Bucholtz said it wouldn't even require a corrupt manufacturer colluding with attackers. "The contract manufacturer has no reason to investigate what microcode they are given for the device, so there is no need for corruption or complicity unless the attacker is trying to slip their attack tool into another brand's devices," he said. "It might be easier to simply compromise the code of a major manufacturer prior to a production run."
But even at the nation-state level, Botezatu said he thinks it would be unlikely to succeed, since, "security restrictions forbid the use of removable storage on mission-critical systems.
"The only way I see it viable would be if the attack was carried on flash storage that is permanently attached to the device, but in the case of government smartphones, this would mean that the entire phone has been at the bad guys' disposal, so chances are that they would rather tamper with the operating system instead."
Wysopal and Bucholtz said manufacturers of SD cards could, and should, take steps to secure the vulnerable firmware update process that Cross and Huang exposed. "They need to make it impossible for attackers to load their own code onto the microcontrollers," Wysopal said.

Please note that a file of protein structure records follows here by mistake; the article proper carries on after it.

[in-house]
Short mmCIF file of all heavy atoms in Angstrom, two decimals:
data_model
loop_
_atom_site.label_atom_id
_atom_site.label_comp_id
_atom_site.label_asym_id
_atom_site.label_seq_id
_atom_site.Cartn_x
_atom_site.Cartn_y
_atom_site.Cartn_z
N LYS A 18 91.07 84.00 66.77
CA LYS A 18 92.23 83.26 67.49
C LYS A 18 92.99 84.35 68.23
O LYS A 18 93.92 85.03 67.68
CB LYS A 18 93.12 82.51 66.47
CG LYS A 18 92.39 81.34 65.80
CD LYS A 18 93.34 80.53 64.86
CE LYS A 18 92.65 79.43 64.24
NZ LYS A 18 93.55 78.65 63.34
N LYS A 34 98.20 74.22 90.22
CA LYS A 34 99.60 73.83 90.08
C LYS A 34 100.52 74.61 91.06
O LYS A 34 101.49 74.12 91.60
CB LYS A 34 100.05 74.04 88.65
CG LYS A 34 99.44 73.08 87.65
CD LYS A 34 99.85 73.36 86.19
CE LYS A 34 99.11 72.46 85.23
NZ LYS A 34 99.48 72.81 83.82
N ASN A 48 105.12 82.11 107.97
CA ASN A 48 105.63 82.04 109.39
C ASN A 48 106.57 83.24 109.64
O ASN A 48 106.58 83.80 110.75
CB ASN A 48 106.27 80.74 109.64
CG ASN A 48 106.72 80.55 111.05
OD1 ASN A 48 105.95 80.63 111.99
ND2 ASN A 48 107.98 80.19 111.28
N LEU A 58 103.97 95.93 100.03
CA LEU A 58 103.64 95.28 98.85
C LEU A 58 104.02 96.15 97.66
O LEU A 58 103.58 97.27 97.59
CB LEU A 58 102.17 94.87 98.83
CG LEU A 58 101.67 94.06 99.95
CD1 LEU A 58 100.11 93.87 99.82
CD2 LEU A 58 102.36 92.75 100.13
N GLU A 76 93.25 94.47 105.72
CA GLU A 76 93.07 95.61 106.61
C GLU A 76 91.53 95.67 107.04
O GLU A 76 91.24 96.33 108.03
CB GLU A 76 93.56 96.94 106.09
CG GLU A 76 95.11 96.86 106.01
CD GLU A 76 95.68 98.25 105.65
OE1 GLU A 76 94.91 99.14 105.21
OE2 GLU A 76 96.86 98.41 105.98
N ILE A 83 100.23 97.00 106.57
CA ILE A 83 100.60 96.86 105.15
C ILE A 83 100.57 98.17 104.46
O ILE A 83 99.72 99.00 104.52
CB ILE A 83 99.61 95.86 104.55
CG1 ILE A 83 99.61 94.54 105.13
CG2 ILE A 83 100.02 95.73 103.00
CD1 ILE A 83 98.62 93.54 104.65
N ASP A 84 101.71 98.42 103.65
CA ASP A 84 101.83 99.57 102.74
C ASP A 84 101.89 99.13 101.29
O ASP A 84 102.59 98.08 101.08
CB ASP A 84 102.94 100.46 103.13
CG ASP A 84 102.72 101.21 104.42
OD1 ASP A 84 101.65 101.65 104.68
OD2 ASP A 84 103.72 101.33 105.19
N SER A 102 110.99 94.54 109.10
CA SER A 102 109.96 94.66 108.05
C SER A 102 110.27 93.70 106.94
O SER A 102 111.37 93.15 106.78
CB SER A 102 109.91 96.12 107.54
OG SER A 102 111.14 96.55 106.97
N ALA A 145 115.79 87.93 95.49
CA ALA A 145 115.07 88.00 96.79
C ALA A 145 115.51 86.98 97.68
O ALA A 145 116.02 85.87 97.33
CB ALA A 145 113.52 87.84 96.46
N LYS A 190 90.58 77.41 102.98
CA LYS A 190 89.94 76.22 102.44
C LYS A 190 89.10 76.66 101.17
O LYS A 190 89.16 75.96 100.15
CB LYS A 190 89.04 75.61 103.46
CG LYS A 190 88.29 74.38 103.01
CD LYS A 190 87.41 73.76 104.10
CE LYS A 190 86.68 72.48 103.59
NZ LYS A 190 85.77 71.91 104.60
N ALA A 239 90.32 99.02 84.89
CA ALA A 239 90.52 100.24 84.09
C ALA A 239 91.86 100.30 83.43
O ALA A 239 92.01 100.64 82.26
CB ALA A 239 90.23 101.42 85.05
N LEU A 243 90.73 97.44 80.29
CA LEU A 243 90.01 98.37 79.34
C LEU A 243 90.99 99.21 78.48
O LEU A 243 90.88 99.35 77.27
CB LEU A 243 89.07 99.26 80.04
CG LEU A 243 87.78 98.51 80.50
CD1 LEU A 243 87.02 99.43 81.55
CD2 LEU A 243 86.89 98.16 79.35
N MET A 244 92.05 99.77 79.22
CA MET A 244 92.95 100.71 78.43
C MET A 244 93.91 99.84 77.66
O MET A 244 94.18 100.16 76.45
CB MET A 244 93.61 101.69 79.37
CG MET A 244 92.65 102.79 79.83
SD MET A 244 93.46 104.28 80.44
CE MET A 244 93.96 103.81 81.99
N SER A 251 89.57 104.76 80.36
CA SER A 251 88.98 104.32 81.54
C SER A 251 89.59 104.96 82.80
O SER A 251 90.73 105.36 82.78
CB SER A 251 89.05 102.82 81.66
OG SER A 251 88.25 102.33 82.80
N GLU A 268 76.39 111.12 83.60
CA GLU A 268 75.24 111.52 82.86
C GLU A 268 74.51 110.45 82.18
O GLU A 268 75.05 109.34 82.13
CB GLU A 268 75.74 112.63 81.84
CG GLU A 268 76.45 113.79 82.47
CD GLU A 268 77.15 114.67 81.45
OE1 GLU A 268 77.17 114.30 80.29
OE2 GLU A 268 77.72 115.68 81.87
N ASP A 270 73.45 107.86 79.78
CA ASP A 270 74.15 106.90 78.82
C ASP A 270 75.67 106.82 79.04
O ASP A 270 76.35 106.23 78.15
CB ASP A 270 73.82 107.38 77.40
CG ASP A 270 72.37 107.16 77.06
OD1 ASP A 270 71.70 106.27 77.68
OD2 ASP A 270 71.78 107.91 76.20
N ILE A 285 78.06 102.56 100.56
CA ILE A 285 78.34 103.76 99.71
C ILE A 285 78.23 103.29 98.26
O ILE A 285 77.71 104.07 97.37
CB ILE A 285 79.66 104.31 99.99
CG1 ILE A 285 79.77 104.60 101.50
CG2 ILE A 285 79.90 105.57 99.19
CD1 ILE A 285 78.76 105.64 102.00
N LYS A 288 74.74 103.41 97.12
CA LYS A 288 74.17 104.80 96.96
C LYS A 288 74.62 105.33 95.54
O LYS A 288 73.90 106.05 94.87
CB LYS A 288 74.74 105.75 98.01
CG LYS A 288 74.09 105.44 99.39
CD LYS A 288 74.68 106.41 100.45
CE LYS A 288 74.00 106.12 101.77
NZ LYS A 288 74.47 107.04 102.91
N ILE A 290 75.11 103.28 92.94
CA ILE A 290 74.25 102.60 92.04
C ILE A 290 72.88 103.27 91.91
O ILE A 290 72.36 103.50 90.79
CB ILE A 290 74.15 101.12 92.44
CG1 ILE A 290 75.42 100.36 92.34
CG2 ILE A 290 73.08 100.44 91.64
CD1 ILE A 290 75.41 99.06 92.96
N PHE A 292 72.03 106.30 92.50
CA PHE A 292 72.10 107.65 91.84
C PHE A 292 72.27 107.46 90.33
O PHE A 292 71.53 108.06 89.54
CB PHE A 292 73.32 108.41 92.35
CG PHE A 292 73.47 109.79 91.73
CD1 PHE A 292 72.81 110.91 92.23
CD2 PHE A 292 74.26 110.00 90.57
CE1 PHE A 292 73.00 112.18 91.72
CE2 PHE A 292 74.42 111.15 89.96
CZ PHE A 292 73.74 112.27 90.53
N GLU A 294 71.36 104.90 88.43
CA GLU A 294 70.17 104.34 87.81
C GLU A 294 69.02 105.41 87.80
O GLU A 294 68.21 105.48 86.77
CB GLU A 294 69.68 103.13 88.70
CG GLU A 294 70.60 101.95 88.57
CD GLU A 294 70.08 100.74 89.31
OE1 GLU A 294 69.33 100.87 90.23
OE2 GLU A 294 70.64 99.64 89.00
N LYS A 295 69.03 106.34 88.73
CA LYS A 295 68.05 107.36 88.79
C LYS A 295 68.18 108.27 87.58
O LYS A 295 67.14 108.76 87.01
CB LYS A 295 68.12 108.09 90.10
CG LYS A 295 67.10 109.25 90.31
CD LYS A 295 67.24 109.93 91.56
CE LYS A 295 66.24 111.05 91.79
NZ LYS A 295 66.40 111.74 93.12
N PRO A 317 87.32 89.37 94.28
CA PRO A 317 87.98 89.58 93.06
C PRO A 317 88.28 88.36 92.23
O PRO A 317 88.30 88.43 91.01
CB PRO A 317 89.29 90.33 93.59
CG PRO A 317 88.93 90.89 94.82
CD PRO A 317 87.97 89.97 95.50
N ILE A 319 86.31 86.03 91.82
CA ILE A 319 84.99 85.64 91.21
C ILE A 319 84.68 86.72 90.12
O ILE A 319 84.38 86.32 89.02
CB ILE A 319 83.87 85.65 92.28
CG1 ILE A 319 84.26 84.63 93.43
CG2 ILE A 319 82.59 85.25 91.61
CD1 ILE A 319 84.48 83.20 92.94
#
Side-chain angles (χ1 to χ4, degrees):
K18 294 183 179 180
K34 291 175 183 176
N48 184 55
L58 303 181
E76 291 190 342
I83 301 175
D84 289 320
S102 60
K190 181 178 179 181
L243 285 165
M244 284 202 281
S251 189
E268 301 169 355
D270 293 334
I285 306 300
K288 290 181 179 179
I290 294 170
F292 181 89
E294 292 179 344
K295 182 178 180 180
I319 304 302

"Code signing can mitigate some of the risk of code injection, and storage/file encryption of all writes to removable SD cards can mitigate the risk of MitM sniffing or tampering of data," Bucholtz added, "unless the attacker gets the keys."
But McAleavey said unless there is a widespread, high profile security disaster involving microcontrollers of flash memory that threatens manufacturers financially, it is unlikely that anything will change.
"Not a whole lot of people are cutting up their cards (as Cross and Huang did)," he said. "They could probably design some methods to detect the tampering, but unless it actually becomes a genuine in-the-wild issue that harms their sales, I'd expect them to roll their eyes and ignore it."
Sign up for Computerworld eNewsletters.